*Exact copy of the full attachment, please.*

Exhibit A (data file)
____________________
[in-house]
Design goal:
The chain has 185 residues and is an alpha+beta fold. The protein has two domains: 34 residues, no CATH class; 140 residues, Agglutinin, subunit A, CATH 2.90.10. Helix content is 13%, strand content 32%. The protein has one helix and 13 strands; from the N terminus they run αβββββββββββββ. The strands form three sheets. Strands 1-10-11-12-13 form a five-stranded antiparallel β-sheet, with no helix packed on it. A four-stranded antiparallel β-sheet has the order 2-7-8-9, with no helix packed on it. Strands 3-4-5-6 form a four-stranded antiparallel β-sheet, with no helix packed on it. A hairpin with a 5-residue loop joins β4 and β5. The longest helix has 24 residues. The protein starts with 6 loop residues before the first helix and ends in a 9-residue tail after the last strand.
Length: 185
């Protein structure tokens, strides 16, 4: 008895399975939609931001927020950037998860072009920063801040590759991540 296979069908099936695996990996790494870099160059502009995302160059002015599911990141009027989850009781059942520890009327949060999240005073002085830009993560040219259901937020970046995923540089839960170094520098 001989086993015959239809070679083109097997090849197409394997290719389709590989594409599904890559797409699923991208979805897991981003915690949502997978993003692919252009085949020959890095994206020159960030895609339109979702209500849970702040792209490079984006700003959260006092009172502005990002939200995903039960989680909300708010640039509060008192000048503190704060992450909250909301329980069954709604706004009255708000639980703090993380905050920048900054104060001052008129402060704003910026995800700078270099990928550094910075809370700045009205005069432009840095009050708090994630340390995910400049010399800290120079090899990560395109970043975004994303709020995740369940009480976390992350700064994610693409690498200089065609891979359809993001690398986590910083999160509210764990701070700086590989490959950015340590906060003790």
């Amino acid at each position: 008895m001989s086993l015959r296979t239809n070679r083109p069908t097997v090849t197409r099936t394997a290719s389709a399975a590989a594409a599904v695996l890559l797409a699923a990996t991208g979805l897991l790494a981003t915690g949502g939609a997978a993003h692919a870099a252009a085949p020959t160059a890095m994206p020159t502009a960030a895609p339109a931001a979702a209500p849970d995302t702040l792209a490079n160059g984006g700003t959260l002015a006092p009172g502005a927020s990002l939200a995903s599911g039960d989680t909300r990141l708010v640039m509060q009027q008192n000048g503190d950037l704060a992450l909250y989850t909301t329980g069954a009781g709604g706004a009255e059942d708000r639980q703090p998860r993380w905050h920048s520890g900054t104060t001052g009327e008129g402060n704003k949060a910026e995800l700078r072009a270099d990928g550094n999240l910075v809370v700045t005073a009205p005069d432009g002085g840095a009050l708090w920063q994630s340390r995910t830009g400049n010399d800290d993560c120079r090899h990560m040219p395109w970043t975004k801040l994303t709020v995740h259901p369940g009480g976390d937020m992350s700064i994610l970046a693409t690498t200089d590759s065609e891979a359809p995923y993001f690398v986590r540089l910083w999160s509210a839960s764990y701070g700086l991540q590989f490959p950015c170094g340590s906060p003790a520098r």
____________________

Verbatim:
[in-house]
Design goal:
The chain has 185 residues and is an alpha+beta fold. The protein has two domains: 34 residues, no CATH class; 140 residues, Agglutinin, subunit A, CATH 2.90.10. Helix content is 13%, strand content 32%. The protein has one helix and 13 strands; from the N terminus they run αβββββββββββββ. The strands form three sheets. Strands 1-10-11-12-13 form a five-stranded antiparallel β-sheet, with no helix packed on it. A four-stranded antiparallel β-sheet has the order 2-7-8-9, with no helix packed on it. Strands 3-4-5-6 form a four-stranded antiparallel β-sheet, with no helix packed on it. A hairpin with a 5-residue loop joins β4 and β5. The longest helix has 24 residues. The protein starts with 6 loop residues before the first helix and ends in a 9-residue tail after the last strand.
Length: 185
């Protein structure tokens, strides 16, 4: 008895399975939609931001927020950037998860072009920063801040590759991540 296979069908099936695996990996790494870099160059502009995302160059002015599911990141009027989850009781059942520890009327949060999240005073002085830009993560040219259901937020970046995923540089839960170094520098 001989086993015959239809070679083109097997090849197409394997290719389709590989594409599904890559797409699923991208979805897991981003915690949502997978993003692919252009085949020959890095994206020159960030895609339109979702209500849970702040792209490079984006700003959260006092009172502005990002939200995903039960989680909300708010640039509060008192000048503190704060992450909250909301329980069954709604706004009255708000639980703090993380905050920048900054104060001052008129402060704003910026995800700078270099990928550094910075809370700045009205005069432009840095009050708090994630340390995910400049010399800290120079090899990560395109970043975004994303709020995740369940009480976390992350700064994610693409690498200089065609891979359809993001690398986590910083999160509210764990701070700086590989490959950015340590906060003790």
């Amino acid at each position: 008895m001989s086993l015959r296979t239809n070679r083109p069908t097997v090849t197409r099936t394997a290719s389709a399975a590989a594409a599904v695996l890559l797409a699923a990996t991208g979805l897991l790494a981003t915690g949502g939609a997978a993003h692919a870099a252009a085949p020959t160059a890095m994206p020159t502009a960030a895609p339109a931001a979702a209500p849970d995302t702040l792209a490079n160059g984006g700003t959260l002015a006092p009172g502005a927020s990002l939200a995903s599911g039960d989680t909300r990141l708010v640039m509060q009027q008192n000048g503190d950037l704060a992450l909250y989850t909301t329980g069954a009781g709604g706004a009255e059942d708000r639980q703090p998860r993380w905050h920048s520890g900054t104060t001052g009327e008129g402060n704003k949060a910026e995800l700078r072009a270099d990928g550094n999240l910075v809370v700045t005073a009205p005069d432009g002085g840095a009050l708090w920063q994630s340390r995910t830009g400049n010399d800290d993560c120079r090899h990560m040219p395109w970043t975004k801040l994303t709020v995740h259901p369940g009480g976390d937020m992350s700064i994610l970046a693409t690498t200089d590759s065609e891979a359809p995923y993001f690398v986590r540089l910083w999160s509210a839960s764990y701070g700086l991540q590989f490959p950015c170094g340590s906060p003790a520098r």